In listening to Adam Rosen’s recent webinar, I learned that nearly 60 percent of security breaches involve the theft of unstructured data.[i] And, only 12 percent of organizations are confident they can detect a breach involving unstructured data.[ii]
Given that 80% of an organization’s data is unstructured,[iii] is it any wonder a hacker was able to steal login credentials and personal information from Sony, including Sylvester Stallone’s social security number? Going Rambo won’t protect you. What will is a successful Data Access Governance (DAG) program.
Some organizations shy away from Data Access Governance because they just don’t know where to start. In this webcast, 5 Steps to Building a Successful Data Access Governance Program, Adam Rosen, VP of DAG Solutions at STEALTHbits, helps you jumpstart your success by making these steps easy to understand and put into practice.
Start by scanning your file shares, servers, and systems to find out:
Scan across your entire organization so you know all the data that’s out there. This approach will help you better prioritize initiatives over time.
Think of it like cleaning out a dresser drawer in your house. You’d want to take an inventory of all the items in the dresser’s drawers so you can best plan how to organize them.
Even though you want to know what’s in each drawer, you’d still start with the drawer that’s most important. In security, that drawer is often Sensitive Data Discovery so you can protect your most valuable assets like intellectual property (IP), protected health information (PHI), and financial or customer data.
Sensitive Data Discovery can be addressed by itself, or in tandem with two other focus areas:
Protecting sensitive data by limiting access is like locking jewelry in your dresser drawer and giving the combination to only your immediate family.
That drawer, let alone the whole dresser, will never be organized and secure if you don’t get your family members onboard.
In data governance, that translates into your needing to win the support of business users who utilize the data and have an interest in protecting it, e.g., cross-functional teams, legal, and HR.
Their knowledge is invaluable to determining why the data exists, as well as:
These business users will not only help you gain executive support, they’ll also assume responsibilities as data owners to assist you in your DAG efforts.
Here’s where your hard work pays off. You’re now ready to use the findings from your initial scan to take action:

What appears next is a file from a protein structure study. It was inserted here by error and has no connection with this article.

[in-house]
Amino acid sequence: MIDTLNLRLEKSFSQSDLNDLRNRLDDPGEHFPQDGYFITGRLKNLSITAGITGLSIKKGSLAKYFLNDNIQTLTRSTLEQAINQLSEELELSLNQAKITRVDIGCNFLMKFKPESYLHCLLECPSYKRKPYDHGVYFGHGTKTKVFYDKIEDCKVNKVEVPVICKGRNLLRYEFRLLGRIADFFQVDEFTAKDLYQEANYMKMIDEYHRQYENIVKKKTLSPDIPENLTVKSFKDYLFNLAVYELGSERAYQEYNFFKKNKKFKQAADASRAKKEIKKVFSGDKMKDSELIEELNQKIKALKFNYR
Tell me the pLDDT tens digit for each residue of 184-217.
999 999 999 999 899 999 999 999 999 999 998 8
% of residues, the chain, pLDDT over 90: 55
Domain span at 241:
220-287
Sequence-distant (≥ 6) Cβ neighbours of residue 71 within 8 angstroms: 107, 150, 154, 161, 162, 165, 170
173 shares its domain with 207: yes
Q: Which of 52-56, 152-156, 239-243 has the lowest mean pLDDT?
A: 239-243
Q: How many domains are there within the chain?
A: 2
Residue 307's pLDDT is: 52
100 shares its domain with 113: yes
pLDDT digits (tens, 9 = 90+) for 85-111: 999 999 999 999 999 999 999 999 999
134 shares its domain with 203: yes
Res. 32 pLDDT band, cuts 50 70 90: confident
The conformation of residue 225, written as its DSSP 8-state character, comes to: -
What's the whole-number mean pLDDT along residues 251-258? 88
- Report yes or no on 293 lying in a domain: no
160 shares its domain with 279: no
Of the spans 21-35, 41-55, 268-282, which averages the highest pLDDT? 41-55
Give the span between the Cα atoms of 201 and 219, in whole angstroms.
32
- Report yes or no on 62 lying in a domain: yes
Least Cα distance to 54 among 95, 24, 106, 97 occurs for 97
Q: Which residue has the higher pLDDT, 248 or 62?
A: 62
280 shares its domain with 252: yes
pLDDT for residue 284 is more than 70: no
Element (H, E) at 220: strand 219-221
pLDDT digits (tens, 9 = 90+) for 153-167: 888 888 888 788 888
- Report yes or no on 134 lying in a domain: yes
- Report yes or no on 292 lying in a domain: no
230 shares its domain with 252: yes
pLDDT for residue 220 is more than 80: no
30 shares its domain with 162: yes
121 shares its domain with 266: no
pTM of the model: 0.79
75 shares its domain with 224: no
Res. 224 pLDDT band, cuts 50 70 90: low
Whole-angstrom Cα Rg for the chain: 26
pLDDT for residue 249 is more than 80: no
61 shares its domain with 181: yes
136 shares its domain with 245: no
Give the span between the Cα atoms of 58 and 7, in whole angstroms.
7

You can’t clean out your drawer once and expect it to stay neat forever. Your family members will put new items in or take items out, and you’ll need to keep track while maintaining the drawer’s tidiness. You also can’t expect to clean one drawer and have the whole dresser, room, or house become neat.
It’s the same with Data Access Governance. DAG is a “rinse and repeat” cycle where you start with your first priority, then move onto your second, your third, and so on. Ultimately, you want to establish a secure, repeatable process that you can expand across data sets within your organization.
You wouldn’t wait until after your jewelry drawer was robbed to protect it. So why wait to implement a Data Access Governance program until after a security breach or failed audit?
Get going by combining your DAG program with a related initiative like Identify and Access Management (IAM), Data Loss Prevention (DLP), and Privileged Identify Management (PIM). Start preparing by taking advantage of STEALTHbits’ free assessment tools to begin surveying and analyzing your data.
To watch the full webcast, 5 Steps to Building a Successful Data Access Governance Program, please click here.
[i] Survey on the Governance of Unstructured Data, Ponemon Institute
[ii] The State of Data Centric Security, Ponemon Institute
[iii] Big Content: The Unstructured Side of Big Data, Gartner
Tuula Fai is the Senior Marketing Director of StealthAUDIT at STEALTHbits. For the past 20 years, she has worked in a variety of roles within the software industry, starting as a developer and implementation engineer before moving into product marketing and digital campaigns. Having worked in both customer service and human resources, she is passionate about safeguarding customer and employee data as part of overall security initiatives. She graduated Summa cum Laude from Georgetown with an MBA in marketing and IT, and has won two technology marketing awards. You can find her running and writing in the Rocky Mountains of Colorado.
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